3. Environmental trigger. Is there some environmental exposure that sets off abnormal brain development in a genetically predisposed baby? Maybe. And that exposure may happen at or shortly after conception — before a mother even knows she is pregnant. There is a critical period of fetal brain development that occurs at 20-24 days after conception where the brain is most sensitive to injury. Here are just a few theories that scientists are exploring as a cause for autism: flu exposure during pregnancy, and folic acid levels in dad-to-be’s sperm (possibly a too-high level can lead to problems). Studies done by the Environmental Working Group have found about 280 environmental toxins in umbilical cord blood — could one of these be a trigger? There is also a growing body of evidence that newborns who are later diagnosed with ASD already have abnormal levels of certain proteins in their brains. So, having an environmental trigger in the womb during a critical period of brain development seems a plausible explanation for autism. What about vaccines? There has been much talk about this theory, specifically that trace amounts of mercury used as a preservative in many vaccines prior to 2001 caused a spike in autism. But the scientific evidence does not support this theory. Research during the past ten years has taken a long hard look at vaccines and found conclusive evidence that vaccine exposure is NOT the turn-on switch for autism. And no, despite what you might read online from fringe groups or plaintiff lawyers, there is no conspiracy among pharmaceutical companies to inflict autism on unsuspecting children. The Centers for Disease Control have long term studies underway to examine vaccines and autism. The most recent results, published in the New England Journal of Medicine, showed that the mercury preservative previously present in vaccines had no significant effect on either intelligence or developmental delays in kids ages 7 to 10. The results of the CDC’s study on mercury preservative and autism specifically will be published after this booklet goes to print. Stay tuned on our website for updates.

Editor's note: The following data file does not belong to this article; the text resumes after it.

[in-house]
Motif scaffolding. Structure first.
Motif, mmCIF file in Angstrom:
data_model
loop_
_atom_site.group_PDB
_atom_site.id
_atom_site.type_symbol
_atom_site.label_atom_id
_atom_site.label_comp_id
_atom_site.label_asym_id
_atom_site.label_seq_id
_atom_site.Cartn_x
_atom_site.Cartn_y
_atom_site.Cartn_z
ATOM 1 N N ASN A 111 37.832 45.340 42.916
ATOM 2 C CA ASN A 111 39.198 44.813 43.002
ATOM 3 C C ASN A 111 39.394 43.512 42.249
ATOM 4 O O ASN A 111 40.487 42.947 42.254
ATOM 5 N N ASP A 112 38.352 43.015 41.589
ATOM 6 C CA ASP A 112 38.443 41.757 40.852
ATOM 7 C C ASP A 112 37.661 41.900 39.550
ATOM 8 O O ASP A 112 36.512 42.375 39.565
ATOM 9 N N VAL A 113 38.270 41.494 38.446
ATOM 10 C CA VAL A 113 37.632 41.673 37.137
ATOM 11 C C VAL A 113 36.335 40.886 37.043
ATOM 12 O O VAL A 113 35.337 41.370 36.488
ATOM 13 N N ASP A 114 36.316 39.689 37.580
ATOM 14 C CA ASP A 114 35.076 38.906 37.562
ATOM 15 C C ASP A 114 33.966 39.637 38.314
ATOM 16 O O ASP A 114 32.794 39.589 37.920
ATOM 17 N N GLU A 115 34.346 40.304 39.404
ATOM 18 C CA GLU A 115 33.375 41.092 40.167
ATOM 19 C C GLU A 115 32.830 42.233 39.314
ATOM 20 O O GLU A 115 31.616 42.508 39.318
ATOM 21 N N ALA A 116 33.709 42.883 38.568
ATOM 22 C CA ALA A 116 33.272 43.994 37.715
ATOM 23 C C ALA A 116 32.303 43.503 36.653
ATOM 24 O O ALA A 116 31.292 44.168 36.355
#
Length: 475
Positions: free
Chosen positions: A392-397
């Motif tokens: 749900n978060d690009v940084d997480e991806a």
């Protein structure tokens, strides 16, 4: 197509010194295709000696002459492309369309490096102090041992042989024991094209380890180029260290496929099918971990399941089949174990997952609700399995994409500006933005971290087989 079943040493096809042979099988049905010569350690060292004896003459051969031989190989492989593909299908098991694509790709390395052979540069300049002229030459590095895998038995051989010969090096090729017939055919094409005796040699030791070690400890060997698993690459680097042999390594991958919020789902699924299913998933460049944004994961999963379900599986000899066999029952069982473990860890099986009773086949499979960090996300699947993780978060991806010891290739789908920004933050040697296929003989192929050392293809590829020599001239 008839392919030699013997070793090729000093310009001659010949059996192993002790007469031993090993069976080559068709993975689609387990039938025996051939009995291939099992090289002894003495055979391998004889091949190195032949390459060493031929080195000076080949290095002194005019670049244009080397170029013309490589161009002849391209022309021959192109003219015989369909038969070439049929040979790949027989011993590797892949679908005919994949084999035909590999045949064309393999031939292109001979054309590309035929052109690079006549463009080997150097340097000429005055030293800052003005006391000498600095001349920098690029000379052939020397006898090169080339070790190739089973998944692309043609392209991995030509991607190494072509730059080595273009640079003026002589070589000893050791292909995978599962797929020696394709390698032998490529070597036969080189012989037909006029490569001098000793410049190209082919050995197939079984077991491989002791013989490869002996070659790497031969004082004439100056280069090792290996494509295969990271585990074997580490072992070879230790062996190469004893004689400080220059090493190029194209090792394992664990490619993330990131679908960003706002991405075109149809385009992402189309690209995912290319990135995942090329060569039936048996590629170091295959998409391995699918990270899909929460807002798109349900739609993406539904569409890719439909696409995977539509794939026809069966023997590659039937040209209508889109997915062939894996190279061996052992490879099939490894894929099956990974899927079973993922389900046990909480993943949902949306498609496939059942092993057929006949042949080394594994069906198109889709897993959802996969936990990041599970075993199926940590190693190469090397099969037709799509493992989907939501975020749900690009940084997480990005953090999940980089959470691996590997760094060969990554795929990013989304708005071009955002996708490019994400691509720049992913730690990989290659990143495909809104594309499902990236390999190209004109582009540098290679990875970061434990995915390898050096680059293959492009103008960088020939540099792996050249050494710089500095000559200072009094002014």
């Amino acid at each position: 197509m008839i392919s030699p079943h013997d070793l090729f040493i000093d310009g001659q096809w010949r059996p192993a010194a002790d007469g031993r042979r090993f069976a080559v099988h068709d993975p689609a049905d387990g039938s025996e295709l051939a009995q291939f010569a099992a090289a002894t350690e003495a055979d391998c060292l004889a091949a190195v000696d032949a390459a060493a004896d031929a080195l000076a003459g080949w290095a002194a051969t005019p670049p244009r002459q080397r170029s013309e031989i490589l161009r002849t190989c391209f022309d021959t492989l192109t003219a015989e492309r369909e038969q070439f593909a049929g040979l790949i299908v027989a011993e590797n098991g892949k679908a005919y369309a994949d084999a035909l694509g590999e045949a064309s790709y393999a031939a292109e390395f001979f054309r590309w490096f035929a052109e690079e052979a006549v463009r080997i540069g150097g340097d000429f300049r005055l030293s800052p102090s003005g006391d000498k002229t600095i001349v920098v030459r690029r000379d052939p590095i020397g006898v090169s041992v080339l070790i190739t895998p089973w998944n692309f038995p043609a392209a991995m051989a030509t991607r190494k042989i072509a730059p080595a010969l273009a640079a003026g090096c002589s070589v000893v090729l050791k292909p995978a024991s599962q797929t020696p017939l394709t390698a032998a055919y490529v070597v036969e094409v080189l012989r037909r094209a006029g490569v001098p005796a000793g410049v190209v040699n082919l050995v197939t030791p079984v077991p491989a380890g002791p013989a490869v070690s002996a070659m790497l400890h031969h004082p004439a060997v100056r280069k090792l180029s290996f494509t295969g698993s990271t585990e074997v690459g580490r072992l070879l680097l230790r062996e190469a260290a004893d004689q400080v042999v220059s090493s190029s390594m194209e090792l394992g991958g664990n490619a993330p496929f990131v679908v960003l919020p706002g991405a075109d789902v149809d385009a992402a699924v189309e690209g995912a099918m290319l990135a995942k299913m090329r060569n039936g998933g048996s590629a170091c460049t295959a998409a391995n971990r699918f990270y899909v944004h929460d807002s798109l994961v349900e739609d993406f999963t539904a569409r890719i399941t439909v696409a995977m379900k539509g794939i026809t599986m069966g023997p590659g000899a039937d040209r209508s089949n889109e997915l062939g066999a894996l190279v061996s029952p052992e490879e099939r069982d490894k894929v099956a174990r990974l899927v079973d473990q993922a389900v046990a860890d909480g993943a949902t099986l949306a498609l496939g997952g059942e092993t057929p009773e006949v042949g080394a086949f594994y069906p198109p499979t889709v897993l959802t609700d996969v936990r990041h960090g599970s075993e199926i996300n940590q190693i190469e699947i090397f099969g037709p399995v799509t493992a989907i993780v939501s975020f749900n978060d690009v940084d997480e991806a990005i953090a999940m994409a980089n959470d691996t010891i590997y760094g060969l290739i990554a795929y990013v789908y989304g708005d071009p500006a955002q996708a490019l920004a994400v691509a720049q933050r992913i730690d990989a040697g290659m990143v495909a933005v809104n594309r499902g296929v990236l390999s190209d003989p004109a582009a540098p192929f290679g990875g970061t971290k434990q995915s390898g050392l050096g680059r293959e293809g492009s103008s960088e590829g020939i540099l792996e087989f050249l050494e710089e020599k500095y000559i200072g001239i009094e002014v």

4. Premature birth. A previous study in the journal, Pediatrics, found that premature babies born at 25 to 26 weeks gestation have a 25% chance of developing an autism spectrum disorder.